Drinking seemed like the obvious solution.

I pounded two glasses of wine. That’s all I needed. My brain started to slow down. Well, if two glasses managed to help, two more wouldn’t be a big deal. I was trying to develop a healthy breastfeeding relationship with my newborn, but I had some formula stashed away. It didn’t matter. I fed her formula as I felt my boobs just straight up fill up with milk that I couldn’t even feed her.

 

As time went on, this nighttime panic bullshit got worse. I started these weird rituals when I could feel the anxiety creeping in. If everyone else in the house was asleep, I wasn’t allowed to sleep. Someone had to be up. I would look at my windows and try to see if any of my neighbors were still up. If they were, then I could go to sleep. If that failed, I would watch infomercials until 3 am when the news came on. If the news came on, I could sleep.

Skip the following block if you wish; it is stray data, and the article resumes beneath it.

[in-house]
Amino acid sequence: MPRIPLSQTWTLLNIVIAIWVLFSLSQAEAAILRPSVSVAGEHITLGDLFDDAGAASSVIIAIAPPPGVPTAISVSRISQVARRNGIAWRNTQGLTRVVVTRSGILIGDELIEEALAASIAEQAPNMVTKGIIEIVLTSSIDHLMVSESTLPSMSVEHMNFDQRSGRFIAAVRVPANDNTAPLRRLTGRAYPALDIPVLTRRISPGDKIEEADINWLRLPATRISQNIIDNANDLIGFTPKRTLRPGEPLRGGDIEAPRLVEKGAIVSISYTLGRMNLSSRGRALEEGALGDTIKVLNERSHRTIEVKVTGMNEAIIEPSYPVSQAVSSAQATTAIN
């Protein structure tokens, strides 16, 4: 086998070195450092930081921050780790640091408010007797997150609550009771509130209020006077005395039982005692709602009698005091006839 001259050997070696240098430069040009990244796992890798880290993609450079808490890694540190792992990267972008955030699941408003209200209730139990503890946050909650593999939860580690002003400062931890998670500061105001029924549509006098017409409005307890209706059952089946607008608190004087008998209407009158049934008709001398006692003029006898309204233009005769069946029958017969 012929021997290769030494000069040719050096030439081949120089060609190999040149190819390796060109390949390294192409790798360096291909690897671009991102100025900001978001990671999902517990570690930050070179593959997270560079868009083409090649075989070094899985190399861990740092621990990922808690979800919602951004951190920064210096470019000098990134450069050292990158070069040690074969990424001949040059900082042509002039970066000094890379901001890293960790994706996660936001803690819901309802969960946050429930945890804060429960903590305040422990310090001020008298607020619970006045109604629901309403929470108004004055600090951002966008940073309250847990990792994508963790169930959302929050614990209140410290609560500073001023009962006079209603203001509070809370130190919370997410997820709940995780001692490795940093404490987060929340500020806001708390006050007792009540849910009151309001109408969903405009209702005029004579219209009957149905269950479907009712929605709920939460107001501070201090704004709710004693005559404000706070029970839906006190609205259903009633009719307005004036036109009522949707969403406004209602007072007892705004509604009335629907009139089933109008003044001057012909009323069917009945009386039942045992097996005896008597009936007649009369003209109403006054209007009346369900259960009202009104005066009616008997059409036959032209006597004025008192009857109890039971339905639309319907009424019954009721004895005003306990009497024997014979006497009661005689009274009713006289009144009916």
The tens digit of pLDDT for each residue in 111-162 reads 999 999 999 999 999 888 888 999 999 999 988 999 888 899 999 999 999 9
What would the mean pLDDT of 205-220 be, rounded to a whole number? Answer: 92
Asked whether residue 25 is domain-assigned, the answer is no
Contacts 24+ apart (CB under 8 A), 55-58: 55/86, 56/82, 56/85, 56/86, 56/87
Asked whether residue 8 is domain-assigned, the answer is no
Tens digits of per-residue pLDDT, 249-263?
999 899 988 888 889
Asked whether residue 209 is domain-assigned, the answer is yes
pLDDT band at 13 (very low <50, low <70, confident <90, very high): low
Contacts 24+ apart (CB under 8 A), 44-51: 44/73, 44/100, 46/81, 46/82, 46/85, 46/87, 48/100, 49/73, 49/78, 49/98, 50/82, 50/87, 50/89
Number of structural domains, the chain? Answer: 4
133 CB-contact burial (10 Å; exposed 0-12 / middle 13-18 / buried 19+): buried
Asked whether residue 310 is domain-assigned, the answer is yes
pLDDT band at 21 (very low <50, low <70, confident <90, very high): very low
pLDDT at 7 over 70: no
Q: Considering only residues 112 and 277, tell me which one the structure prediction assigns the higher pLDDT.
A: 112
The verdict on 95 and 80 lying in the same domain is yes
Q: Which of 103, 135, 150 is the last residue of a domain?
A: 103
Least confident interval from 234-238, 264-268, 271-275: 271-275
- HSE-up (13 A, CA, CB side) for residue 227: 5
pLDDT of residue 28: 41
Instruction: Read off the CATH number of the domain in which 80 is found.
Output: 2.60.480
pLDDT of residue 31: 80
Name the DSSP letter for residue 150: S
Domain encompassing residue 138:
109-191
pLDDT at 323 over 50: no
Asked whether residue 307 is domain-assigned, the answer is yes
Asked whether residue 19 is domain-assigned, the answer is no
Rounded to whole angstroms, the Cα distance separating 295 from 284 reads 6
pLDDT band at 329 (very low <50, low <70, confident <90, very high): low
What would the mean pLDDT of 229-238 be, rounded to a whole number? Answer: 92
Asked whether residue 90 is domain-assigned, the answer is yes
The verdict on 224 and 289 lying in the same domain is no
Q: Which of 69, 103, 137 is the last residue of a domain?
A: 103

Constant racing thoughts, scared of dying in my sleep, feeling inadequate as a mom, hating my curvy body, worrying that I might trip on the stairs and drop the baby, and so many other intrusive thoughts just ran a marathon in my brain.

 

All of this crap became an excuse. I’m depressed! I have anxiety! I have OCD! Drinking will help. Look- see, I had some wine and now I’m totally functioning! I’m smiling! Alcohol was the solution to all my postpartum issues.

 

Cracking open a bottle of wine at 2 am started to seem more and more like normal behavior. I thought it was helping me sleep. It wasn’t helping me sleep. I was BLACKING out every night. Over and over and over and over. Reality started to become blurry.

“Are there other moms that do this? There has to be. I can’t be the only one. But, just to be safe, I’m not going to mention this to anyone.”

 

Hundreds and hundreds of dollars spent on my ” medicine”.

 

Happy moms drink! It makes us better moms! What a relief! I don’t have to feel anything at all, EVER. AMAZING!

 

It never occurred to me that those rituals that I made up in order to fall asleep weren’t exactly rituals at all. They were excuses that I created in order to feed my monster. The list got longer and longer. It got to the point that if someone even looked at me the wrong way, I would tell myself to go drink.